August 2022 CropWatch Bulletin is based mainly on current remote sensing inputs in addition to detailed and spatially accurate reference data about crops and their management. Focusing on the months of April to July 2022, chapters cover global, national, and regional level agroclimatic conditions and the condition of crops that were growing during this time. For China, the bulletin presents crop conditions for each of seven key agro-ecological zones, an updated estimate of trade prospects (import/export) of major crops. The focus section reports on the estimate by CropWatch for maize, rice, wheat and soybeans production in 2022, recent disaster events with an impact on agriculture, the possibility of an La Niña conditions event and the impact of drought on world food supply.
Key messages from the report:
- Extreme hot weather in Europe, the Horn of Africa, South America and the Yangtze River Basin in China adversely affects the crops.
- The crop production index reflects 2022 at the worst crop outlook in the last 10 years. Rice production is slightly above 2021, while production of maize, wheat and soybean all decreases from 2021. Maize
- The Ukraine crisis led to about 30% decrease of cropped arable land fraction in the Ukraine Southeast wheat-maize zone. National maize production is 34% down from 2021.
- China's soybean area increases significantly, promoting a 3.81 million tons production increase, or up by 26.5%. Maize production falls by 11.08 million tons due to the reduced planted area. Total national staple crops production (including wheat and rice) remains at same level as 2021.
IntroductionThis CropWatch bulletin summarizes global crop condition developments and agroclimatic factors from April 1 to July 31 of 2022 through 4 zoom in from a global overview of agroclimatic indicators (Chapter 1) to detailed descriptions of crop and environmental conditions in large production zones (Chapter 2), to individual country analyses covering 43 major producers and exporters including agro-ecological zones (Chapter 3) and China (Chapter 4). A special focus section is included in Chapter 5, presents crop production for 2022, disaster events, update on El Niño or La Niña and the impact of global drought on global food security. This first part of the report includes the cover, table of contents, abbreviations, a short overview of the different sections of the bulletin and executive summary.Download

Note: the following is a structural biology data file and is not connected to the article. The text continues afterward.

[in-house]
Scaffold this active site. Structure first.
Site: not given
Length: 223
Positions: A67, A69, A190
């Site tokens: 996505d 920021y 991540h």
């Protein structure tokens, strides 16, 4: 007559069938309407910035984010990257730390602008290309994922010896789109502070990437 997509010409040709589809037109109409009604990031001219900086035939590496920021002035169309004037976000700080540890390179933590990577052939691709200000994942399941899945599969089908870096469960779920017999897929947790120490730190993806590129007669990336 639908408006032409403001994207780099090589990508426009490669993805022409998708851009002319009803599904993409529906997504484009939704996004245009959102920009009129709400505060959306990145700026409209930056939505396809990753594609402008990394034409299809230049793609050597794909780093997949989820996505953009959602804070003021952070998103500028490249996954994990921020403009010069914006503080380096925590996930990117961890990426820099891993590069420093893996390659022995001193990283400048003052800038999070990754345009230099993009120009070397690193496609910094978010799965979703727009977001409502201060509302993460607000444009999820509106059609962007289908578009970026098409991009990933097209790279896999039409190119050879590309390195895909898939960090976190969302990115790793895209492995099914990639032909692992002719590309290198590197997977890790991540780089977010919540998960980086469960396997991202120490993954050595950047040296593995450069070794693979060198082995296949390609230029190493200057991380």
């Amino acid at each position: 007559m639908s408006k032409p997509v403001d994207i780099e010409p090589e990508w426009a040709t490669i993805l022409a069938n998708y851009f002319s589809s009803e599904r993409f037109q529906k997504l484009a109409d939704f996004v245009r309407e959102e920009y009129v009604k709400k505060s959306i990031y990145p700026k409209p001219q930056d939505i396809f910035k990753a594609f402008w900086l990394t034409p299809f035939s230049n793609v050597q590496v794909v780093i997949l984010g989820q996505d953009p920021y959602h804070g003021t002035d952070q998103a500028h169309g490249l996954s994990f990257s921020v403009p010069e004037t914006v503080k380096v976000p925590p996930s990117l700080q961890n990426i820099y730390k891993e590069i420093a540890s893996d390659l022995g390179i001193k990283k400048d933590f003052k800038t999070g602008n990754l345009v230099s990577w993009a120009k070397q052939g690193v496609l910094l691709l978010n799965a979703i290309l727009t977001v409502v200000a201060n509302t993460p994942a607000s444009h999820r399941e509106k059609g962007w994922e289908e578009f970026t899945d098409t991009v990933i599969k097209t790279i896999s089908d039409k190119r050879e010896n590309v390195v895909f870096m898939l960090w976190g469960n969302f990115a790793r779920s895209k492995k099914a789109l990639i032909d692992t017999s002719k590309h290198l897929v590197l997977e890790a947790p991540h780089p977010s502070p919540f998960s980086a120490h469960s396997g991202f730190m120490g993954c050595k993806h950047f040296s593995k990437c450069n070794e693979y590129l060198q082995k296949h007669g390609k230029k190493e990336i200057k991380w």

Chapter 1. Global agroclimatic patternsChapter 1 describes the CropWatch agroclimatic indicators for rainfall (RAIN), temperature (TEMP), and radiation (RADPAR), along with the agronomic indicator for potential biomass (BIOMSS) for sixty-five global Mapping and Reporting Units (MRU). Indicator values for all MRUs are provided in Annex A.Download
Chapter 2. Crop and environmental conditions in major production zonesChapter 2 presents the same indicators—RAIN, TEMP, RADPAR, and BIOMSS—used in Chapter 1 and combines them with agronomic indicators—cropped arable land fraction (CALF), maximum vegetation condition index (VCIx), and minimum vegetation health index (VHIn)—to describe crop and environmental conditions in six global major production zones (MPZ): West Africa, North America, South America, South and southeast Asia, Western Europe, and Central Europe to western Russia. (See also Annex B for more information about these zones.)Download
Chapter 3. Main producing and exporting countriesBuilding on the global patterns presented in previous chapters, this chapter assesses the situation of crops in 43 key countries that represent the global major producers and exporters or otherwise are of global or CropWatch relevance. First, the overview section (3.1) pays attention to all countries worldwide, to provide some spatial and thematic detail to the overall features described in section 1.1. In section 3.2, more detail is provided for each of the CropWatch monitored countries, including analyses by key agro-ecological zones within the country. Additional information about indicators per country is provided in Annex A.Download
Chapter 4. ChinaAfter a brief overview of the agroclimatic and agronomic conditions in China over the reporting period (section 4.2), Section 4.3 describes the situation by region, focusing on the seven most productive agro-ecological regions of the east and south: Northeast China, Inner Mongolia, Huanghuaihai, Loess region, Lower Yangtze, Southwest China, and Southern China. Section 4.4 describes trade prospects (import/export) of major crops. Additional information on the agroclimatic indicators for agriculturally important Chinese provinces are listed in table A.11 in Annex A.Download
Chapter 5. Focus and perspectivesBuilding on the CropWatch analyses presented in chapters 1 through 4, this chapter presents food production prediction for 2022 (section 5.1), as well as sections on recent disaster events (section 5.2), an update on El Niño or La Niña (5.3).Download
Annex A. Agroclimatic indicatorsTables in this Annex provide additional information about the agroclimatic indicators—RAIN, TEMP, and RADPAR—as well as BIOMSS for the various CropWatch spatial units. Those units include the Mapping and Reporting Units (MRU); the forty-three main producing and exporting countries; and regions or provinces within large countries—Argentina, Australia, Brazil, Canada, India, Kazakhstan, Russia, and the United States and China.Download
Annex B. Quick reference guide to CropWatch indicators, spatial units and methodologiesAnnex B presents a brief overview of the CropWatch indicators and spatial units (including the MRUs, MPZs, and countries), along with a description of the CropWatch production estimation methodology and methodology to determine the severity of the occurrence.Download